Date: 2007
Abstract: The project was undertaken by Binoh of Manchester amongst its client group, The Orthodox Jewish Community of North Manchester. This is mainly based in the Broughton Park area of Salford with an overspill community in the neighbouring Bury and Manchester metropolitan areas. The community is ethnically compact, little known outside its location and buffeted by racial and economic problems. Different norms exist for acceptable music, literature, images and discussion material and mainstream culture i.e. television, films, magazines and internet use etc. is prohibited. The community’s growth over the last few years has been huge. High birth rates make the community ‘bottom heavy’, and it is estimated that the ultra-orthodox community is increasing its share of the Anglo-Jewish community by approximately 1.5% per year. The research uncovered a wealth of information that is central to understanding the mental health needs and concerns of the Orthodox Jewish Community. The foremost findings that emerged during the research were:

A distrust of non-Jewish professionals e.g. doctors, psychiatrists and nurses who were seen to be unsympathetic or ignorant of the community’s cultural and religious needs. Comments such as “most Non-Jewish Practitioners have no understanding of our community and therefore can make serious errors of judgement” were commonly made.
Fear of stigma attached to mental health issues. Although this is prevalent in many close knit and ethnic minority communities this was particularly prevalent within the community as it was associated with not obtaining suitable marriage partners for themselves, siblings, children or other family members. One questionnaire respondent even said that “stigma within the community is a greater concern to people requesting and accepting help (than gaps in current service provision)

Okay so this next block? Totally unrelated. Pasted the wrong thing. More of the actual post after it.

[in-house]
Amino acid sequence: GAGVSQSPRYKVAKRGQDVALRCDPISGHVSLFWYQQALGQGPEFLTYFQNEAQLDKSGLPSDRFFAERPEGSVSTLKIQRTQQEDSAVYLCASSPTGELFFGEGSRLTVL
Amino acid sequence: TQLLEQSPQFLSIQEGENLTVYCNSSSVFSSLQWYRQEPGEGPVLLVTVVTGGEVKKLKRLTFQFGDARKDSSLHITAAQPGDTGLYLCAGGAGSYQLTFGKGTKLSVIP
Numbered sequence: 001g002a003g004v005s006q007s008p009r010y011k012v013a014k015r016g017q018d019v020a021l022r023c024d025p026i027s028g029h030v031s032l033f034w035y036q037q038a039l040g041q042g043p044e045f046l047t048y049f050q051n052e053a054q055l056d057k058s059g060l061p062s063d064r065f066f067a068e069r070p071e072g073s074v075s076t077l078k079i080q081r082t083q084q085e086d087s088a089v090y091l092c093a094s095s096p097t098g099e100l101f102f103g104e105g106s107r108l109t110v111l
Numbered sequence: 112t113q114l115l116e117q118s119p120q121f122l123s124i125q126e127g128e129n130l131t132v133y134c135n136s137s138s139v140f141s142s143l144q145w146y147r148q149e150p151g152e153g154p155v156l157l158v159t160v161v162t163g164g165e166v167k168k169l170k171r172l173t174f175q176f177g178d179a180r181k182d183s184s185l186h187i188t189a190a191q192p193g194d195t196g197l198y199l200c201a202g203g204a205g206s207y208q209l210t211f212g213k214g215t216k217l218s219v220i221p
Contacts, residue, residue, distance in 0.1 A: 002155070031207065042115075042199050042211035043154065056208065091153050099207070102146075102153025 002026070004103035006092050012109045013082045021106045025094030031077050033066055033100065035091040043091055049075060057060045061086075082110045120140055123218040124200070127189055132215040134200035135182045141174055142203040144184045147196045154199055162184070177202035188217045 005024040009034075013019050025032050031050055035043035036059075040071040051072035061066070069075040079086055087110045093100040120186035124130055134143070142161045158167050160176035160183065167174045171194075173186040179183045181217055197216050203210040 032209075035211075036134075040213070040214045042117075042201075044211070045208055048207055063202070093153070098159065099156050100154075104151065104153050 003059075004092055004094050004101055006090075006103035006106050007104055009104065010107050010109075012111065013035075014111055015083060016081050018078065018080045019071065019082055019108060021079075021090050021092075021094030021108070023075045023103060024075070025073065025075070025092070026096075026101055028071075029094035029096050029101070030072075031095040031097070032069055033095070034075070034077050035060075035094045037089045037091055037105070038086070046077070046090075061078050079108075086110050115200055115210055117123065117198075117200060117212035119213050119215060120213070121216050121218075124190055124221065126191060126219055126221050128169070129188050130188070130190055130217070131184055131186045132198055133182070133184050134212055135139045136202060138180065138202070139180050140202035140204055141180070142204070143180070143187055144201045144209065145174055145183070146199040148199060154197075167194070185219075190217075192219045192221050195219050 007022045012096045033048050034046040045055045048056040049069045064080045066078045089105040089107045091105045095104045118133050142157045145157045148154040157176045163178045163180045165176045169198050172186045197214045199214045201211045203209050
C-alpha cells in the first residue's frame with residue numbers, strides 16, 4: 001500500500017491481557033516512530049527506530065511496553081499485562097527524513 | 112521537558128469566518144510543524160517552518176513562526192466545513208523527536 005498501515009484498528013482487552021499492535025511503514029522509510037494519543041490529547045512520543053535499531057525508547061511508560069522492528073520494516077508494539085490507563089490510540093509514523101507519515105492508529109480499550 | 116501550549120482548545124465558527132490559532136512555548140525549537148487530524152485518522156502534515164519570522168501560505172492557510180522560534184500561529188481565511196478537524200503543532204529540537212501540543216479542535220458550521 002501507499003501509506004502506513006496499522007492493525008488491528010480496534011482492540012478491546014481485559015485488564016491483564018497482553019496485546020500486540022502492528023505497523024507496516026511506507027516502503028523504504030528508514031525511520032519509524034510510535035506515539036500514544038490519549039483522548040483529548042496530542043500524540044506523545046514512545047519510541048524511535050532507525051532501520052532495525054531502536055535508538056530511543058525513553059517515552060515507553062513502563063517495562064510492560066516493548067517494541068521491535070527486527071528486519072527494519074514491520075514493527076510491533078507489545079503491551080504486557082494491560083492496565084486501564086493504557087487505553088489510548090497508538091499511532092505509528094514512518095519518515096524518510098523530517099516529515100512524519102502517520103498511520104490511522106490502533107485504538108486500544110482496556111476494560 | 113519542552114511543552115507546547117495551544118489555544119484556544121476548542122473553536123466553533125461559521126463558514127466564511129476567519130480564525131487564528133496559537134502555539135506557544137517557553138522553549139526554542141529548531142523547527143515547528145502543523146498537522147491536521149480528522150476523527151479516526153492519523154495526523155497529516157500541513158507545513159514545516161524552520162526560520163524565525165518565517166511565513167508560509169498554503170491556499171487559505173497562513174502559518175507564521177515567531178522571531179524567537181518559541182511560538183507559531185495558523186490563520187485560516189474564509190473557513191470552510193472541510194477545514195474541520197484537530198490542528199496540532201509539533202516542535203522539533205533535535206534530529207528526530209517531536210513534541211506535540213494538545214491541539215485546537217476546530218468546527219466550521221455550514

Author(s): Kudenko, Irina
Date: 2007
Abstract: In the last few years, multicultural citizenship, once hailed as a solution to national cohesion, has faced increasing political and academic accusations of inciting segregation and group divisions. This has prompted a re-evaluation of different institutional and discursive arrangements of national citizenship and their impact on the integration of minority ethnic groups. This research into the history of Jewish integration into British society analyses the relationship between changing forms of British citizenship and the evolution of British Jewish identities. In so doing, it enhances our understanding of how citizenship policies affect minority selfrepresentation and alter trajectories of integration into mainstream society. The research draws on an historical and sociological analysis of the Jewish community in Leeds to reveal how the assimilationist and ethnically defined citizenship of Imperial Britain conditioned the successful Jewish integration into a particular formula of Jewish identity, `private Jewishness and public Englishness', which, in the second part of the 20th century, was challenged by multicultural citizenship. The policies of multiculturalism, aimed at the political recognition and even encouragement of ethnic, racial and religious diversity, prompted debates about private-public expressions of ethnic/religious and other minority identities, legitimating alternative visions of Jewish identity and supporting calls for the democratisation of community institutions. The thesis argues that the national policies of multiculturalism were crucial in validating multiple `readings' of national and minority identity that characterise the present day Leeds Jewish community. Employing a multi-method approach, the study demonstrates how the social and geographical contexts of social actors, in particular their positions within the minority group and the mainstream population, enable multiple `readings' of sameness and differences. In particular, the research explores how a wealth of interpretations of personal and collective Jewish identities manifests itself through a selective and contextualised usage of different narratives of citizenship.
Date: 2007